- About Us
- Products and Services
Suzanne (Frey) YoderMarch 31, 1942 ~ December 5, 2017 (age 75)
Rita Suzanne Frey Yoder of Black Mountain, age 75, ended her time with us on Monday, December 5, 2017 after a courageous and graceful confrontation with cancer. She was born March 31, 1942 in Pettisville, Ohio, the daughter of the late Ernest and Mabel Frey.
She earned degrees from Wittenberg University and the University of North Carolina in Charlotte. She lived and worked five years in Africa (the Congo, Gabon, Burundi/Rwanda) and seven in France. After retirement she volunteered regularly and enthusiastically in state and national parks as well as in France and Colombia. In every situation she created inviting and comfortable home spaces whatever the conditions.
Suzanne was an artist, homemaker, creator of original greeting cards, teacher, cultivator of blueberries, flower arranger, librarian, weaver, student of the Enneagram, pianist and drummer. She offered a variety of workshops— in the enneagram, weaving, journaling, celebration creation, tapestry and trauma healing.
Throughout her life she had many interests, especially in psychology and religion, the process of forgiveness, family dynamics, wildlife, human and animal behavior, conflict resolution, caring for the earth, peace and justice issues, in cultural differences and in learning how to walk humbly with God. She made voluminous notes and collected quotes and pictures relating to each of these areas. If she had chosen animal totems, they would have been the leopard for its elusiveness and observational skills and/or the sentinel topi standing alert on a hillock in the Serengeti, eyes open for predators. And though she savored life, she envisioned her death as liberation, evoking the image of a heron rising from murky waters. Always a seeker, she found deep meaning and encouragement for life’s journey by worshipping in many different religious settings, most recently with the Disciples of Christ in Black Mountain and the Circle of Mercy in Asheville.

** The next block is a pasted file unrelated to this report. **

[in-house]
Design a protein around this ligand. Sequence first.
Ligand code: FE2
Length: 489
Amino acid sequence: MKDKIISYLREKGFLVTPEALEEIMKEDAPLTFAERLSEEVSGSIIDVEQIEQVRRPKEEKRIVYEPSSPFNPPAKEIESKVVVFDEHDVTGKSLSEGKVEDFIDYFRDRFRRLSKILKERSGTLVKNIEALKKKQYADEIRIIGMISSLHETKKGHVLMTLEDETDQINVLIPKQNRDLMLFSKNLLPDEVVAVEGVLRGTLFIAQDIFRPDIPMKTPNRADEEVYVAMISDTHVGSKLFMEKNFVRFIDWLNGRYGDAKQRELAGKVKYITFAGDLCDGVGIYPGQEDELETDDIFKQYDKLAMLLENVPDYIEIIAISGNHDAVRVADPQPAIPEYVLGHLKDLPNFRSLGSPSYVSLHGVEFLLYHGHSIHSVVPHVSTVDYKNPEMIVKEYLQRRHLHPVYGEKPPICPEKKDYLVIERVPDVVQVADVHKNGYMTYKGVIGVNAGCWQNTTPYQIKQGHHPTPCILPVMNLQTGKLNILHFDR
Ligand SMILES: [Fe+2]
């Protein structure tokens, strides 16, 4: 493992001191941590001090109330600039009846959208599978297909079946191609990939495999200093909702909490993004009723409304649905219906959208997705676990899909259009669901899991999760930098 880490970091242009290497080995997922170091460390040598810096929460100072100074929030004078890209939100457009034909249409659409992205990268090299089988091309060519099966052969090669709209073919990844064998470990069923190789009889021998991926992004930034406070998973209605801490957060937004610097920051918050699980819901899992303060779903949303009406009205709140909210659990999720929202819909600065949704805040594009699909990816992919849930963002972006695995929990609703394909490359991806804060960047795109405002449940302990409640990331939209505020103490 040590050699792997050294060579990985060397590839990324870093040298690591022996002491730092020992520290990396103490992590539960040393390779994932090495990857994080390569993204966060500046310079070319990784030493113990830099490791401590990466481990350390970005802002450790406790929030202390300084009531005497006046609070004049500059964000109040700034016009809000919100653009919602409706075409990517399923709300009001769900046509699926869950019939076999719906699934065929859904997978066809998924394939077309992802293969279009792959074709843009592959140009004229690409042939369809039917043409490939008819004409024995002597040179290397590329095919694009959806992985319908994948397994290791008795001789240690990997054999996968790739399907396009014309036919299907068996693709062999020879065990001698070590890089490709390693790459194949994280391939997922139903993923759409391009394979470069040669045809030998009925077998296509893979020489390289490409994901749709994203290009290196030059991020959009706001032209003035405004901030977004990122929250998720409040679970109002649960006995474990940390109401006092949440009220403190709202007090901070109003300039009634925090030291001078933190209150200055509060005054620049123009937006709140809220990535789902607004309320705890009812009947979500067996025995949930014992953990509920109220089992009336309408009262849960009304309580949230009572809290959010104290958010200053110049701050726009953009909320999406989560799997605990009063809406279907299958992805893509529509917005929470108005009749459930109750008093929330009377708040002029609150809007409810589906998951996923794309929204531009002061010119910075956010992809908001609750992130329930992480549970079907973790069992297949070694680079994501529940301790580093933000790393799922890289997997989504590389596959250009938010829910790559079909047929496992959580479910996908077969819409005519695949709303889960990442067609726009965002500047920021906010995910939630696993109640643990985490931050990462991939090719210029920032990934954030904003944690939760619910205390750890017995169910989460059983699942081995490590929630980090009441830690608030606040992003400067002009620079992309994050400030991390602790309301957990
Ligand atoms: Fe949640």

Among the last words that Suz spoke was the phrase “crossing the border.”
We don’t know exactly what she was thinking, but she crossed many borders throughout her life. Border crossing meant adventure, learning about a new culture, speaking a different language, trying new foods, struggling to adapt, accepting different ways of doing things, understanding more about herself through new experiences, and then jotting down notes and collecting pictures to organize her reflections into an album. She has dozens of albums chock full of quotes, lists, ideas, poems, and pictures.
She always recognized that boundaries are important for psychological health. They help us know who we are. With an artist’s eye, what interested her were rivers, doors, windows, and fences. Rivers to separate but also to encourage forward movement. Doors to facilitate communication and escape. Windows to allow the Enneagram #5 in her to observe without being seen. Fences to mark and preserve identities.